4 local artists receive the first ‘Made in Buffalo’


Thu Oct 28, 2021 7:15 pm

Arts Services Inc. and the Buffalo Jewish Federation have announced the first recipients of the Made in Buffalo – Cheryl Stern Performing Artist Fund, named in honor of Cheryl Stern of Buffalo. Erie County residents Melissa Kate Miller, Gaitrie Subryan, Anthony Alterio and Jeanne Vuich were chosen by the selection committee to receive funding for their current art projects.

The “Made in Buffalo – Cheryl Stern Performing Artist Fund” was created in response to support for Stern’s tour in “From Buffalo to Broadway: the waiting in the wings», Supported by the Jewish Federation of Buffalo. Stern, who is a Broadway, TV, and movie star, came home to host and star in this show she created and directed, which included Broadway and local performers. ASI said, “The incredible shortage of local talent involved in production inspired the desire to raise funds to continue to develop and promote local performing artists. “

Miller is an accomplished singer / songwriter. Supporting this award will allow him to record and produce three songs co-written with local musician Kenny Hawkins.

“This grant means less time working to fund my work and more time creating it,” Miller said. “Every song I write or co-write requires a village of skilled artists to move from conception to production; and every dollar spent strengthens the village.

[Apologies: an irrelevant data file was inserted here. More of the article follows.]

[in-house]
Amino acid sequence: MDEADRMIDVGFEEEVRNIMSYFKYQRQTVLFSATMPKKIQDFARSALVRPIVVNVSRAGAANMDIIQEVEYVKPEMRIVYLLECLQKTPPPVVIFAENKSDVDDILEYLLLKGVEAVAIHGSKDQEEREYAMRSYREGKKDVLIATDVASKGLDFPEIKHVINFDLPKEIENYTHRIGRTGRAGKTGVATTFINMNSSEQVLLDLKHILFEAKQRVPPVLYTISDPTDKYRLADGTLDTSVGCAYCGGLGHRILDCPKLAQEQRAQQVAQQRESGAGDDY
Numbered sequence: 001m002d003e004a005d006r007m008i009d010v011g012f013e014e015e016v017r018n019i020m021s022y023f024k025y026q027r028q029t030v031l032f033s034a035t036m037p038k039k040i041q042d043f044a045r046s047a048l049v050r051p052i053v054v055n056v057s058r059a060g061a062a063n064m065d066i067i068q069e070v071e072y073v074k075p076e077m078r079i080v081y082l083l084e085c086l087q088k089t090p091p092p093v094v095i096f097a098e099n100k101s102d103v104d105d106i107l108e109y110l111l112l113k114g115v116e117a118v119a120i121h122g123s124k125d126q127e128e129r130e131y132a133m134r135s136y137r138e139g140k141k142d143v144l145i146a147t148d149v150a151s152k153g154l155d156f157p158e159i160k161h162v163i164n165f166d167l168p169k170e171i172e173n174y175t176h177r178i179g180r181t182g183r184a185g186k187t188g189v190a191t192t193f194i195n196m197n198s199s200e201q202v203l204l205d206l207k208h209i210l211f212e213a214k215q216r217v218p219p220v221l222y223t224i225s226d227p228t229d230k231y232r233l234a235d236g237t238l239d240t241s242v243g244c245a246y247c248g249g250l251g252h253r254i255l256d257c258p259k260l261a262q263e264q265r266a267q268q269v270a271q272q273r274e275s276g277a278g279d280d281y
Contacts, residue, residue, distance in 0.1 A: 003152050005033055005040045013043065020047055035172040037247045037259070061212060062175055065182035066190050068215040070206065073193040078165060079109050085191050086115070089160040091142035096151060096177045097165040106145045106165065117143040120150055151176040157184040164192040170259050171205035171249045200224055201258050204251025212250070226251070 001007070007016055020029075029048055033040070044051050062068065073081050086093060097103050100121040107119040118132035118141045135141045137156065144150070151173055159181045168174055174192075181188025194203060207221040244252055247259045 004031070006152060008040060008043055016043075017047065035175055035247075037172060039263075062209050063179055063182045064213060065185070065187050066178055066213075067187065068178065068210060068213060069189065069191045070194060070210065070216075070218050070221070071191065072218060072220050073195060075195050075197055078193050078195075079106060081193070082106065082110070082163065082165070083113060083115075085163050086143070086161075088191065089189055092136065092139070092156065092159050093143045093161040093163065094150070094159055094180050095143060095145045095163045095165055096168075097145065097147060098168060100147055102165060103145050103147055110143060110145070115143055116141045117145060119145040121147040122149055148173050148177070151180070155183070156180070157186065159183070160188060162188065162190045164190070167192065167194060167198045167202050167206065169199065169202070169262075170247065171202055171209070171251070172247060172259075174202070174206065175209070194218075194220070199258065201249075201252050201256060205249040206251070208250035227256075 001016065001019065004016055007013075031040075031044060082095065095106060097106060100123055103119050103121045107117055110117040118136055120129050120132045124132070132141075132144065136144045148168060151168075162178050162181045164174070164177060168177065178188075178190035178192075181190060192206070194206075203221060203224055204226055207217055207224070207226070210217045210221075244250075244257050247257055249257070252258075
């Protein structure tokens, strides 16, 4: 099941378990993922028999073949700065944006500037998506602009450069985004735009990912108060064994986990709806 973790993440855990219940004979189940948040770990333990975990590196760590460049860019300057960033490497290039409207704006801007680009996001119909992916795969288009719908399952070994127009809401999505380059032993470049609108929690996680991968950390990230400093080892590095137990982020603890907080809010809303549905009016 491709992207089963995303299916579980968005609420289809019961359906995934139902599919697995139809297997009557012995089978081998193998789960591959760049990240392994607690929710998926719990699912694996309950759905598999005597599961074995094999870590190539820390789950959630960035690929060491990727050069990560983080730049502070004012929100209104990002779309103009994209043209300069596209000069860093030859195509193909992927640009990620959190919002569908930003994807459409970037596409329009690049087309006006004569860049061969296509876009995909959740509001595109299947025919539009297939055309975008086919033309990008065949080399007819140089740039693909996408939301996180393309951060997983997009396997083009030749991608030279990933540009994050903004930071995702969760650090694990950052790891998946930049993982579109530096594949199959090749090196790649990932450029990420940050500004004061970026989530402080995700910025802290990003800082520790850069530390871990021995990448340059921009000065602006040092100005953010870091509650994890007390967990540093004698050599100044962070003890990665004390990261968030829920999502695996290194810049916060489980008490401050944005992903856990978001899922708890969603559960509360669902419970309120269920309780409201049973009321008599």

Subryan’s project, entitled “Speak Up, Speak Out”, is a multidisciplinary work that addresses the theme of domestic violence through dance and oral creation. It’s currently in production to air virtually later this month.

“It is an honor to be named a recipient of the ‘Made in Buffalo’ grant,” said Subryan. “This grant means that as an artist, I can continue to learn and grow to focus on the skills needed to improve my craft.”

Alterio, dancer and choreographer, will build a unique prop for his new work entitled “WHIRL”. The accessory, an office chair suspended above the floor, will premiere in December.

Vuich will produce a staged reading of her play, “My Transcript from Syracuse,” which explores the struggles of a first-generation student and the resulting family dynamics.

The artists and their funded works will be showcased at a public celebration in August.

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